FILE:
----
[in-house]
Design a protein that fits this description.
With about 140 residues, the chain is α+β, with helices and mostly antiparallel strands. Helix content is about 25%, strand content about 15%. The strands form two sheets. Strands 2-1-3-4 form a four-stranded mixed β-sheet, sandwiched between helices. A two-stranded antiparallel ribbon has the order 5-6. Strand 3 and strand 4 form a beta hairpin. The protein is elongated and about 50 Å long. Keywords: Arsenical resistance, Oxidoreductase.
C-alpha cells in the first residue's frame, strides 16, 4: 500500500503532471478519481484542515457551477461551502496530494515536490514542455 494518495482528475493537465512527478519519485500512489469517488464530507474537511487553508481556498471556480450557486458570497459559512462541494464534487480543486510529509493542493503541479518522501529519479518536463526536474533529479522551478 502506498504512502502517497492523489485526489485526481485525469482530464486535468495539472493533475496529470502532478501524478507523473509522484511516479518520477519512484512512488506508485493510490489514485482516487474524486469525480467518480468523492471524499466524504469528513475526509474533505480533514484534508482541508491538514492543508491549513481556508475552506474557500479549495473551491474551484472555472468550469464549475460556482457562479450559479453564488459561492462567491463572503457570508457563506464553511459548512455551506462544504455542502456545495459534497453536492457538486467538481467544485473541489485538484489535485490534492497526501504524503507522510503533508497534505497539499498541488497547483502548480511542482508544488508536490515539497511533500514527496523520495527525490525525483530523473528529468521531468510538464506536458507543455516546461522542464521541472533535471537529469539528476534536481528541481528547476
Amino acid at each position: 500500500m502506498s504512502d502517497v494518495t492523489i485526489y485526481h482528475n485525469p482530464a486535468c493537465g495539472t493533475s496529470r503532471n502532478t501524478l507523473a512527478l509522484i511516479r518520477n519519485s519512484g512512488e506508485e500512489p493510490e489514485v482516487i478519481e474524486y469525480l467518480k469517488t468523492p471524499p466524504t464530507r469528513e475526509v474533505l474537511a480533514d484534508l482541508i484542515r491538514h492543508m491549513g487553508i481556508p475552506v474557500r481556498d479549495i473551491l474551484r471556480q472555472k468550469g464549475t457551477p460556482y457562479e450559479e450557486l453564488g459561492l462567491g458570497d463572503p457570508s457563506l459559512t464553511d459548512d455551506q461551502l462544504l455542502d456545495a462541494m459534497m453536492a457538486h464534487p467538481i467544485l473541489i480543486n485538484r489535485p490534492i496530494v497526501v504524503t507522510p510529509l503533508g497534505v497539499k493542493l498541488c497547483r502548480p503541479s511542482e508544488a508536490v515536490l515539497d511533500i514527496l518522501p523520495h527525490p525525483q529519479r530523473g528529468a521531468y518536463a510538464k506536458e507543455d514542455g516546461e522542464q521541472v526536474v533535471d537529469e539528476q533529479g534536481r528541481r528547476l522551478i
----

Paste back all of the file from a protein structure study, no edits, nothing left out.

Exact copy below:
[in-house]
Design a protein that fits this description.
With about 140 residues, the chain is α+β, with helices and mostly antiparallel strands. Helix content is about 25%, strand content about 15%. The strands form two sheets. Strands 2-1-3-4 form a four-stranded mixed β-sheet, sandwiched between helices. A two-stranded antiparallel ribbon has the order 5-6. Strand 3 and strand 4 form a beta hairpin. The protein is elongated and about 50 Å long. Keywords: Arsenical resistance, Oxidoreductase.
C-alpha cells in the first residue's frame, strides 16, 4: 500500500503532471478519481484542515457551477461551502496530494515536490514542455 494518495482528475493537465512527478519519485500512489469517488464530507474537511487553508481556498471556480450557486458570497459559512462541494464534487480543486510529509493542493503541479518522501529519479518536463526536474533529479522551478 502506498504512502502517497492523489485526489485526481485525469482530464486535468495539472493533475496529470502532478501524478507523473509522484511516479518520477519512484512512488506508485493510490489514485482516487474524486469525480467518480468523492471524499466524504469528513475526509474533505480533514484534508482541508491538514492543508491549513481556508475552506474557500479549495473551491474551484472555472468550469464549475460556482457562479450559479453564488459561492462567491463572503457570508457563506464553511459548512455551506462544504455542502456545495459534497453536492457538486467538481467544485473541489485538484489535485490534492497526501504524503507522510503533508497534505497539499498541488497547483502548480511542482508544488508536490515539497511533500514527496523520495527525490525525483530523473528529468521531468510538464506536458507543455516546461522542464521541472533535471537529469539528476534536481528541481528547476
Amino acid at each position: 500500500m502506498s504512502d502517497v494518495t492523489i485526489y485526481h482528475n485525469p482530464a486535468c493537465g495539472t493533475s496529470r503532471n502532478t501524478l507523473a512527478l509522484i511516479r518520477n519519485s519512484g512512488e506508485e500512489p493510490e489514485v482516487i478519481e474524486y469525480l467518480k469517488t468523492p471524499p466524504t464530507r469528513e475526509v474533505l474537511a480533514d484534508l482541508i484542515r491538514h492543508m491549513g487553508i481556508p475552506v474557500r481556498d479549495i473551491l474551484r471556480q472555472k468550469g464549475t457551477p460556482y457562479e450559479e450557486l453564488g459561492l462567491g458570497d463572503p457570508s457563506l459559512t464553511d459548512d455551506q461551502l462544504l455542502d456545495a462541494m459534497m453536492a457538486h464534487p467538481i467544485l473541489i480543486n485538484r489535485p490534492i496530494v497526501v504524503t507522510p510529509l503533508g497534505v497539499k493542493l498541488c497547483r502548480p503541479s511542482e508544488a508536490v515536490l515539497d511533500i514527496l518522501p523520495h527525490p525525483q529519479r530523473g528529468a521531468y518536463a510538464k506536458e507543455d514542455g516546461e522542464q521541472v526536474v533535471d537529469e539528476q533529479g534536481r528541481r528547476l522551478i